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Nostalgic murals help village paint a future

Images depicting rural life have become a tourist attraction, boosting local incomes and pride, Yang Feiyue and Li Yingqing report.

By Yang Feiyue and Li Yingqing | CHINA DAILY | Updated: 2024-04-08 07:39

Li works on a mural in Duqu village last year. [Photo provided to China Daily]

Li takes pride in this mural, since it is a favorite for many villagers.

Additionally, he created a series of Pristine Era-themed murals depicting scenes of livestock roaming without being fenced in, and children carrying baskets to collect manure and using oil lamps to do their homework.

"These things have almost disappeared now, but I have experienced them all in the past. So, if they are not recorded, they will truly be forgotten," he says.

As Li's interactions with the villagers increased, they began to treat him like one of their own.

"They often brought me vegetables and fruit. When I was painting, people passing by would greet me, and even children going to school would shout 'uncle' when they saw me," he says.

So far, Li has completed just over 100 murals of differing sizes that the villagers have come to view as treasures.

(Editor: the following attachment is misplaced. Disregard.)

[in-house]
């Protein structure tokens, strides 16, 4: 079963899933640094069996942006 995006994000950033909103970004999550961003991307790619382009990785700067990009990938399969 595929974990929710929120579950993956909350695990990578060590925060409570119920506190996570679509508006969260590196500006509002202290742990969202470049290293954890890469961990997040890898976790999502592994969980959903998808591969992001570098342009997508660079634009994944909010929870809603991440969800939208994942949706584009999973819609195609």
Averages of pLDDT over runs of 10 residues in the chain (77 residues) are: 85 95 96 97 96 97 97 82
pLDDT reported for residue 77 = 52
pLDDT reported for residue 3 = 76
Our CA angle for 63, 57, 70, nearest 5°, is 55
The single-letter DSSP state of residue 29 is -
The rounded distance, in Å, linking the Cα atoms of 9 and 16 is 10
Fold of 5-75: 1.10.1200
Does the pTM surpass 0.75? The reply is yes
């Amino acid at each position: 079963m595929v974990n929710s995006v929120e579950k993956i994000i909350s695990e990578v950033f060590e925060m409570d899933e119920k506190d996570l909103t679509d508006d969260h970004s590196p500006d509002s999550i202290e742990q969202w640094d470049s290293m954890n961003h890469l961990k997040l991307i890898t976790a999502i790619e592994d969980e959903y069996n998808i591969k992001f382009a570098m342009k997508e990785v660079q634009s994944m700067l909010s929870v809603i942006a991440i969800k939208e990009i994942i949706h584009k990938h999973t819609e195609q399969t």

Some are in black and white, some in color, some in the form of comics, and some in the form of ink paintings.

All were created based on Li's understanding of the history of Duqu village through multiple surveys. He wanted his paintings to not only depict the joys and sorrows of its people but also to reflect the development of rural areas along the coast of Dianchi Lake, especially traces of rural vitalization.

Zheng Sicong has grown very attached to Li's murals.

"The things he has painted are really true to life," says the septuagenarian, who has lived in Duqu for more than five decades and for whom the paintings have been among the great changes over the years.

"In the early years, the village was full of dirt roads. Some people made a living fishing, while others relied on farming to support their families," Zheng says.

In recent years, improved policies have resulted in dirt roads in the village being paved with cement, and clean public toilets built.

"Everything is much cleaner, and now we have these beautiful pictures painted on the walls," he says.

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